Arcadia was engaged by Multhana Property Services, on behalf of the University of Queensland, to undertake the Masterplanning, concept design and documentation for reconciliation gardens at the Herston Campus.
In developing the concept, Arcadia undertook several successful stakeholder workshops with the Reconciliation Garden Steering Committee, which included local Elders and UQ staff from the Aboriginal and Torres Strait Islander Studies Unit and School of Public Health. The sessions were facilitated by Arcadia’s Indigenous landscape architect and led to the design of a contemporary reconciliation and medicinal garden. Not only is the garden intended to celebrate local Indigenous culture, but it is also a place where students, staff and the community can come together.
With the discovery of a native beehive within the existing yarning circle, the design for the gardens drew from the native Australian bee, Tetragonula carbonaria. Important in Yuggera dreaming, the design references the hive structure, community, as well as their essential role in local ecology and plant pollination. The Reconciliation Garden also includes the opportunity to learn how specific endemic plant species, integrated into the garden, have been used in traditional healing practices along with traditional building materials like rammed earth being utilised.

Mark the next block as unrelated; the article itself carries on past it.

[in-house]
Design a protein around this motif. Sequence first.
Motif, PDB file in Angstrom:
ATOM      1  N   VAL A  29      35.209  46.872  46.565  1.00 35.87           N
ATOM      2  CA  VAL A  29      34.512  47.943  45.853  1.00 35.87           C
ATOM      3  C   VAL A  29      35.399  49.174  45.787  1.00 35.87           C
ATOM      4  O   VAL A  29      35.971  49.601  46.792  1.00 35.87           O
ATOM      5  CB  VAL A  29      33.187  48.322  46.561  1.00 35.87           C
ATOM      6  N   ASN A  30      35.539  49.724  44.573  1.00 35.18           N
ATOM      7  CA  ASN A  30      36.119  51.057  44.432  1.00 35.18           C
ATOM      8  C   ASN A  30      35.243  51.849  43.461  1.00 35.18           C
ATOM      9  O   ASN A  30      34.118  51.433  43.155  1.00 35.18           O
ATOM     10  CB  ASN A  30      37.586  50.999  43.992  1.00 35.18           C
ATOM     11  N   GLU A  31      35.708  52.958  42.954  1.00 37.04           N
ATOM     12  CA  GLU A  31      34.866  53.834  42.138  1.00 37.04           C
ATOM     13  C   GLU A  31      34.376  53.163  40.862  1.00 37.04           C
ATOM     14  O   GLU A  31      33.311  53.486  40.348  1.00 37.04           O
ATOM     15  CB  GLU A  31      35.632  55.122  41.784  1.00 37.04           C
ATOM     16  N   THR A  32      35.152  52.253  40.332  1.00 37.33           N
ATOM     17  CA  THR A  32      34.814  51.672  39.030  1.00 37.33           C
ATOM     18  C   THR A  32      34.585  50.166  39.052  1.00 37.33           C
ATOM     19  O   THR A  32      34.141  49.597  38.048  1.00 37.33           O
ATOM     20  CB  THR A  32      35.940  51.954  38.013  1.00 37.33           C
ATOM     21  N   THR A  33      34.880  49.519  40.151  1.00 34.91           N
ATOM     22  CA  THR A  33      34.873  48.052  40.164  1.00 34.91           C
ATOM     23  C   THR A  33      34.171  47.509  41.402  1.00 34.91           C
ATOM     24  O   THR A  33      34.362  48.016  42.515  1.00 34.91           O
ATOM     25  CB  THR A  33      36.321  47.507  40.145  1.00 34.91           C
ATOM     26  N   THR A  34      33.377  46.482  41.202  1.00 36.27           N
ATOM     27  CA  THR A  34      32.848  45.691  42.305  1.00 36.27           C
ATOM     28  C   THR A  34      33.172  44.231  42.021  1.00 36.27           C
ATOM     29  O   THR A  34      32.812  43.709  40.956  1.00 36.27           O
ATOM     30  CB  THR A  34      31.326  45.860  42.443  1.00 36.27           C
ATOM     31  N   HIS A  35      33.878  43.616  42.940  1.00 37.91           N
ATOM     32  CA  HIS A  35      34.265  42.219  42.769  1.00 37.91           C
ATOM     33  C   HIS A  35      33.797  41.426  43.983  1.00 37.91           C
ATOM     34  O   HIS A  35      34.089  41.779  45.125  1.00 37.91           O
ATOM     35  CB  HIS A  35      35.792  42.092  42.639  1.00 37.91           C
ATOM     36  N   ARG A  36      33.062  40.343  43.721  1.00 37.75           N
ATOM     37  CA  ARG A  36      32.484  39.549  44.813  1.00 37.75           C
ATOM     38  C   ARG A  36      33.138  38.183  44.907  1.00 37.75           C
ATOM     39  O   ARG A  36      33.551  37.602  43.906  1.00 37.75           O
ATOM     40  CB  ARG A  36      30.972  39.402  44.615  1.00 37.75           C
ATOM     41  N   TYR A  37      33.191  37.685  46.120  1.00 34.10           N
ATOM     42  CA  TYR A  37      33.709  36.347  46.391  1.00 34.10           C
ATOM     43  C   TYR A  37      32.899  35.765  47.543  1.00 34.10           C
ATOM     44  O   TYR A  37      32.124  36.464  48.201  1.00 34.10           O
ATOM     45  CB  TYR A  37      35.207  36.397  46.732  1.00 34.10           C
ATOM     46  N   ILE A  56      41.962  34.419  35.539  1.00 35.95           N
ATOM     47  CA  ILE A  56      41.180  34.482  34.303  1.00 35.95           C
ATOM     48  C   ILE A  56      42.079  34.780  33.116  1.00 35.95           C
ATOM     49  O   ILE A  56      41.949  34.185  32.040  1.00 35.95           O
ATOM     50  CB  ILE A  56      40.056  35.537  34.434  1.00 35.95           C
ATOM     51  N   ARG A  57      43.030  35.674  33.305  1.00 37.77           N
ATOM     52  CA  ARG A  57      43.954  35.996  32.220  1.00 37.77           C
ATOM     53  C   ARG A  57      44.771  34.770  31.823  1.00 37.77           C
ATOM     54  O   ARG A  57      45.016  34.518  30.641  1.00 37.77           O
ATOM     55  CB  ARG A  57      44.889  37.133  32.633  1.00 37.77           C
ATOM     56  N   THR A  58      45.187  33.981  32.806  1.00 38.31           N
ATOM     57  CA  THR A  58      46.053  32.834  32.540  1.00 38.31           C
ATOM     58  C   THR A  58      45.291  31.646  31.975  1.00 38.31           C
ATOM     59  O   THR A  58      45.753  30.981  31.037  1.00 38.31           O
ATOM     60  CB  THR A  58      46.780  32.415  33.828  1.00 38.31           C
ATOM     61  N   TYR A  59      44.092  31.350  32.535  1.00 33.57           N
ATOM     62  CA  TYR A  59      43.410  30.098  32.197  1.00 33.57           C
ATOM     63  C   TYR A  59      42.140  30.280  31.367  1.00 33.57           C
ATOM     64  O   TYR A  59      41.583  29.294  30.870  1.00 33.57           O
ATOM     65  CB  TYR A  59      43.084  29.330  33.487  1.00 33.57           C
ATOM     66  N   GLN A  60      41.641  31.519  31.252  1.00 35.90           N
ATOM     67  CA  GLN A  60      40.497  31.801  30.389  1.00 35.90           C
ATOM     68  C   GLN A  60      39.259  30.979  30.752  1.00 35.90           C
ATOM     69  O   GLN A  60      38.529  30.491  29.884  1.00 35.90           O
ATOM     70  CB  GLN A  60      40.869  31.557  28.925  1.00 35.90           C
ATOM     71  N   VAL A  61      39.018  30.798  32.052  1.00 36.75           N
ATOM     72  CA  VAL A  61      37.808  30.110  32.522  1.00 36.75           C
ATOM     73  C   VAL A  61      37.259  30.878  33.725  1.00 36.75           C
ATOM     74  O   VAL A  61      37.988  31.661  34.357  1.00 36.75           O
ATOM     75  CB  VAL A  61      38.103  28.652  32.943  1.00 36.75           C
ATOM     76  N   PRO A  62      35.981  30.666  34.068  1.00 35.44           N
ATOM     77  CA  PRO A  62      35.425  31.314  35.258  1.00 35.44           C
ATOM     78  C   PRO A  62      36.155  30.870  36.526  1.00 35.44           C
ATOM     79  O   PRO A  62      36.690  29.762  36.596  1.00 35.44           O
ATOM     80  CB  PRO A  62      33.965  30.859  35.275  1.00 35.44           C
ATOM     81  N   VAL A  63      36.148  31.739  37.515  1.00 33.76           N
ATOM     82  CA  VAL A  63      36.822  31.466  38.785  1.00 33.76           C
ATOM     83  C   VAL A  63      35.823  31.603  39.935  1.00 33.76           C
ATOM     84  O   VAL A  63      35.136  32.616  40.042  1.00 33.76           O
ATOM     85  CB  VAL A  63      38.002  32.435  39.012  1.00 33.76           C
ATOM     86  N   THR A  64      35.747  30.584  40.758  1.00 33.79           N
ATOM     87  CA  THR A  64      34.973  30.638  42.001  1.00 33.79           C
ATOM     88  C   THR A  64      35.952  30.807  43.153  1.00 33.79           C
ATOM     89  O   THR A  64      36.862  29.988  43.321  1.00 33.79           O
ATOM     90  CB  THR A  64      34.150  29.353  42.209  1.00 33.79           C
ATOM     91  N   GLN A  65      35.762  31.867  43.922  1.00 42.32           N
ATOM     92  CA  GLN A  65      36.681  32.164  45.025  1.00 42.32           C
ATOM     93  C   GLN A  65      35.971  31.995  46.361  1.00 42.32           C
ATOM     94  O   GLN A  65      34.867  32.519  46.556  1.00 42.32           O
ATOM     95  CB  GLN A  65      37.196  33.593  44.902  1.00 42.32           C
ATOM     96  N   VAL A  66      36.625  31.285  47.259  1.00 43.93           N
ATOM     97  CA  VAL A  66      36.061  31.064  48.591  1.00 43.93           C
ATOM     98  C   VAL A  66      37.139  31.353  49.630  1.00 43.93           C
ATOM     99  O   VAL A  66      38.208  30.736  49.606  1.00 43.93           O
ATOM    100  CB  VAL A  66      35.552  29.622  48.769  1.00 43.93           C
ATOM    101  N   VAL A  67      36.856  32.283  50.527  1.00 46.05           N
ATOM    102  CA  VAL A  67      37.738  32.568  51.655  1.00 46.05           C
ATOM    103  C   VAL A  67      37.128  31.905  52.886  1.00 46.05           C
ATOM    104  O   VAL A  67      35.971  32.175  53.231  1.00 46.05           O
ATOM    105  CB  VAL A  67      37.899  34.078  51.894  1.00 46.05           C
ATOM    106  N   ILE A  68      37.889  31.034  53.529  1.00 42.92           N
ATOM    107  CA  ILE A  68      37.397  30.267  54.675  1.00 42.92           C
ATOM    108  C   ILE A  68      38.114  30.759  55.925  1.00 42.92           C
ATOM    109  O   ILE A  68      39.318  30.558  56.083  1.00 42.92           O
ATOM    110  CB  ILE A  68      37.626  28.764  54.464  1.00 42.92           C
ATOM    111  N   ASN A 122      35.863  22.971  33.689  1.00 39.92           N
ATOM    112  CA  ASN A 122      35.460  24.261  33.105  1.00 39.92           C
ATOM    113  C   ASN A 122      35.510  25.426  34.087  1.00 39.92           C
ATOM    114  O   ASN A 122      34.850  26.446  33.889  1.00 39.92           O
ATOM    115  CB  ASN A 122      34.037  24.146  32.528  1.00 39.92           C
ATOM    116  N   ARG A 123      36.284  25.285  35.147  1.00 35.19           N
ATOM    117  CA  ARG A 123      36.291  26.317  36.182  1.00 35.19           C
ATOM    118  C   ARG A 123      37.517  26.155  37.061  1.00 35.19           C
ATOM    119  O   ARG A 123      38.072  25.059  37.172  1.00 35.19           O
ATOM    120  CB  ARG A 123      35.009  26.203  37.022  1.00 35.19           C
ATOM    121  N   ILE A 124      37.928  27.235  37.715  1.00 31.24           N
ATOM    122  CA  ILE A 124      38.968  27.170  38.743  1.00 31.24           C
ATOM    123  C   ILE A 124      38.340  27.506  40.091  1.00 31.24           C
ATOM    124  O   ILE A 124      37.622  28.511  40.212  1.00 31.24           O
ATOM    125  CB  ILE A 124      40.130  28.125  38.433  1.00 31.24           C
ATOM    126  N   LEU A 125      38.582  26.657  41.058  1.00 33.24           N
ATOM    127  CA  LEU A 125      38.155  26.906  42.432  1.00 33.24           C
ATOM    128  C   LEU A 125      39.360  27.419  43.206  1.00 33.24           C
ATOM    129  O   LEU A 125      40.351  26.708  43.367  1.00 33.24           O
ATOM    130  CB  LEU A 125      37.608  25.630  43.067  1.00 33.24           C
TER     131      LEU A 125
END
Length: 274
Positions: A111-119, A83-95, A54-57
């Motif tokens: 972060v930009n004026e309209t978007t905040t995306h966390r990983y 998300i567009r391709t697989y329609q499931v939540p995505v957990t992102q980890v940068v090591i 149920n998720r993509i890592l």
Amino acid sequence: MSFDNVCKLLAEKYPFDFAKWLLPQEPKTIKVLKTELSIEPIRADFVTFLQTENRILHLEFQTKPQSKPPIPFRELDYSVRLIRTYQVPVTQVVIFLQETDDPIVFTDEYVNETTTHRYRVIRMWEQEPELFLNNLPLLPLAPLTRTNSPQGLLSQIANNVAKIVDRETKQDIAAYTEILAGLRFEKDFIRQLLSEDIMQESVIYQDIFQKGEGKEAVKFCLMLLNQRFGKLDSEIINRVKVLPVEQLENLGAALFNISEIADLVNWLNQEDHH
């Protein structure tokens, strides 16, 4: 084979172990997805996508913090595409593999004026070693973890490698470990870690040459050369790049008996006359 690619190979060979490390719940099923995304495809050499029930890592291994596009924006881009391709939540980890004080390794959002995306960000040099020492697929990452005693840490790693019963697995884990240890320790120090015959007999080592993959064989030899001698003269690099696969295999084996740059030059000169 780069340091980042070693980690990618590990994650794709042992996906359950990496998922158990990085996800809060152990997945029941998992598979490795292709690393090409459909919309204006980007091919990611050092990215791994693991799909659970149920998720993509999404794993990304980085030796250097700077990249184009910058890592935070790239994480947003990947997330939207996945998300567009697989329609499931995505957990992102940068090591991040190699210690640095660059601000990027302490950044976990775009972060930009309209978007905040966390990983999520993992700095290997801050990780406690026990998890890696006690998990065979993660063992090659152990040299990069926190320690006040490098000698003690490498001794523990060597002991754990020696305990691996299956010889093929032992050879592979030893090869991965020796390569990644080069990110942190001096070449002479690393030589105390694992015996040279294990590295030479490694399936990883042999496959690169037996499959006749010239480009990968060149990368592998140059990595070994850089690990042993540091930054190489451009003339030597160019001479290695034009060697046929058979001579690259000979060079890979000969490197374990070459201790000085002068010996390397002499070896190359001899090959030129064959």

Heritage compliance was another key undertaking for the project. Arcadia ensured that existing heritage elements on the site that needed to be retained were seamlessly integrated into the new works, these included the concrete aggregate path, fence, and concrete edging.